Skip to content

Edina Home Destroyed By Fire

Edina Home Destroyed By Fire

By Echo Menges

Early Friday morning April 20, 2012, at approximately 12:00
a.m., a rental home located at 507 East Morgan Street was destroyed by fire.
The home has been in the Arment family for generations and was being used by a
family of two adults, Matt Cuttler and Amy Ormon, and three children, ages 2, 8
and 12.

“We were sleeping and Matt woke up and nudged me and was
like what’s that smell? Something’s burning. You need to go check it out.” Said
Amy Ormon. “I got up and went into the kitchen and the whole back wall was on
fire. I screamed his name and then the smoke alarms went off and woke up all
the kids.”

According to Ormon several smoke detectors and a carbon
monoxide detector were installed only a few days before the fire. She credits
those detectors for saving the families lives.

“It was really quick. Maybe two minutes went by before
flames and really thick black smoke was everywhere. We got the kids out and the
van moved away from the house but we only got two or three arm loads out the
front door.” Said Ormon. “We didn’t hear any explosions at first but Chad
Arment’s work truck was parked in the back and I think the explosions were the
tires of that truck exploding.”

According to Ormon
floor cleaning supplies, floor wax and stripper, which is extremely flammable,
was being stored in a back room for the Arment floor cleaning company.

The Edina Volunteer Fire Department worked throughout the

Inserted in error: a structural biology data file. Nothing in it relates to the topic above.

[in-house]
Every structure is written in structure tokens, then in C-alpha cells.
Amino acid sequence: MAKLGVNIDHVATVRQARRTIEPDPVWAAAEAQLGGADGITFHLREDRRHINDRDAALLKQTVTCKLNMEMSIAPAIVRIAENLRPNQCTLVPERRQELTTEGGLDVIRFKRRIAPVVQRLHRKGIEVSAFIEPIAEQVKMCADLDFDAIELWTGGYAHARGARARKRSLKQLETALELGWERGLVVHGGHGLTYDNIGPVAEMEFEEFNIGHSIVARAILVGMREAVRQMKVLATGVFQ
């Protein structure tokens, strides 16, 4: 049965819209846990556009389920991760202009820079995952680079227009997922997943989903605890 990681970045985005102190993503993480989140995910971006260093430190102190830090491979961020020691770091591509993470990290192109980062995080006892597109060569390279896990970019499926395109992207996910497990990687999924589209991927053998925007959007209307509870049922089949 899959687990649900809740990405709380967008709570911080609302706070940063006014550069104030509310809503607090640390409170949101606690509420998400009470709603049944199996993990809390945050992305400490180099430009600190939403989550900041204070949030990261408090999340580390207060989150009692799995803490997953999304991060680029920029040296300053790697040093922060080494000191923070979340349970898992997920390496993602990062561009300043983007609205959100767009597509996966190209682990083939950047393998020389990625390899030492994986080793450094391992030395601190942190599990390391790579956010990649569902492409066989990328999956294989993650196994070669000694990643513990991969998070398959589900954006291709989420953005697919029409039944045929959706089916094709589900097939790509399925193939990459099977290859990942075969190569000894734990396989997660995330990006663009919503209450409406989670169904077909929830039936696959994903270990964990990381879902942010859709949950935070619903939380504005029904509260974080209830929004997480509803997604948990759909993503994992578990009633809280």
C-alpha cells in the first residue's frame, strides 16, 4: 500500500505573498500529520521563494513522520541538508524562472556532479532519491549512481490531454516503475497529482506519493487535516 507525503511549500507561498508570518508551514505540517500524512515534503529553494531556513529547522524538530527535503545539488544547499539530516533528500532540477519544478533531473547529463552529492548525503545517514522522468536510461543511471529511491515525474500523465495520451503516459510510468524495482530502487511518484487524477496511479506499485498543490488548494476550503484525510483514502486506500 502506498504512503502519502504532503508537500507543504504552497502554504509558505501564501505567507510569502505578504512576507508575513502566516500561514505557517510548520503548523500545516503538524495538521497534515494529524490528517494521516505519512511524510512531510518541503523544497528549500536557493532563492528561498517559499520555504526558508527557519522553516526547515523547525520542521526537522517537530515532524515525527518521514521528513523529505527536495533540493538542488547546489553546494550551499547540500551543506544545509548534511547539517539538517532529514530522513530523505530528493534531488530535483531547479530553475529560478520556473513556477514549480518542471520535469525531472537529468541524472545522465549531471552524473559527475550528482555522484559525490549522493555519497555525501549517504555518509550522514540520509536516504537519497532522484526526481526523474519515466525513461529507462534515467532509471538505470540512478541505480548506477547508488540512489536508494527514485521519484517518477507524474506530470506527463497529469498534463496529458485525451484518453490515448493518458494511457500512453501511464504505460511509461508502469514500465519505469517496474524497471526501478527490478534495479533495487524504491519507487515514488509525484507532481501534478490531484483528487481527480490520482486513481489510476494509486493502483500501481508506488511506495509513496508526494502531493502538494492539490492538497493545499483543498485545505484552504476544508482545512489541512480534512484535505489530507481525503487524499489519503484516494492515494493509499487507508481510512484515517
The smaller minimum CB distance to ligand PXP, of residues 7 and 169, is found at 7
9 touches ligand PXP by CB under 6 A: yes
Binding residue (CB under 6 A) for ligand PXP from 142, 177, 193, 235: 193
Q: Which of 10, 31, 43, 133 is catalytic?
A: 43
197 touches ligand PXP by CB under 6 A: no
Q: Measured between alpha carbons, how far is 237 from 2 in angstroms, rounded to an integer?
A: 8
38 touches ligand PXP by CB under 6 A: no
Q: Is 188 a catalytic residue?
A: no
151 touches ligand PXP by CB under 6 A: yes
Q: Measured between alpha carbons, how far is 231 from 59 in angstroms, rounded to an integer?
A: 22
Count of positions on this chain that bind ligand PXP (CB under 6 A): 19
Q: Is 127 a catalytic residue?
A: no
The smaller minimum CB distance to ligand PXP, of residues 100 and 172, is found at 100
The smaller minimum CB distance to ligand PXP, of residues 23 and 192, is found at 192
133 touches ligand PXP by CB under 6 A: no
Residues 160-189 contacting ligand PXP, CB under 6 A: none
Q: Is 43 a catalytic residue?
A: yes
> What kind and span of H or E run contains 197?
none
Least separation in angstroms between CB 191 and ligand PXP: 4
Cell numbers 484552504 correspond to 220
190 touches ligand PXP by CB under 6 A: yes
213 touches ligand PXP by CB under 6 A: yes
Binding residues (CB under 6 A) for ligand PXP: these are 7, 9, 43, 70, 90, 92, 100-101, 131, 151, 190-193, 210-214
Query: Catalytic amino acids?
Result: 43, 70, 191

morning to extinguish the fire pumping several thousands of gallons of water.

“We believe it was probably an electrical problem that
started the fire,” said Edina Firefighter Kelly Hayes, “and paint and some
chemicals being stored in the northeast corner of the house accelerated it. By
the time we got there it was fully engulfed. We had to go out there three
different times because smoldering insulation was flaring back up.”

Hayes reiterated the fact that the family recently installed
smoke detectors in the home and hopes others take heed in the lesson that smoke
detectors truly do save lives.

According to a member of the Arment family the house was not
insured and the family plans to tear what’s left of the structure down.

The family of five spent the remainder of that early fateful
morning at a friend’s house in Edina and was taken to Kirksville and put up at
a motel for a few days by the Salvation Army of Kirksville.

The Knox County Salvation Army and local churches are
working to help the displaced family who lost everything. Anyone wishing to
make a donation can do so by dropping it off or sending it to the United
Methodist Church in Edina.

“The stuff we lost is all replaceable.” Said Ormon. “We’re
just glad everyone got out okay.”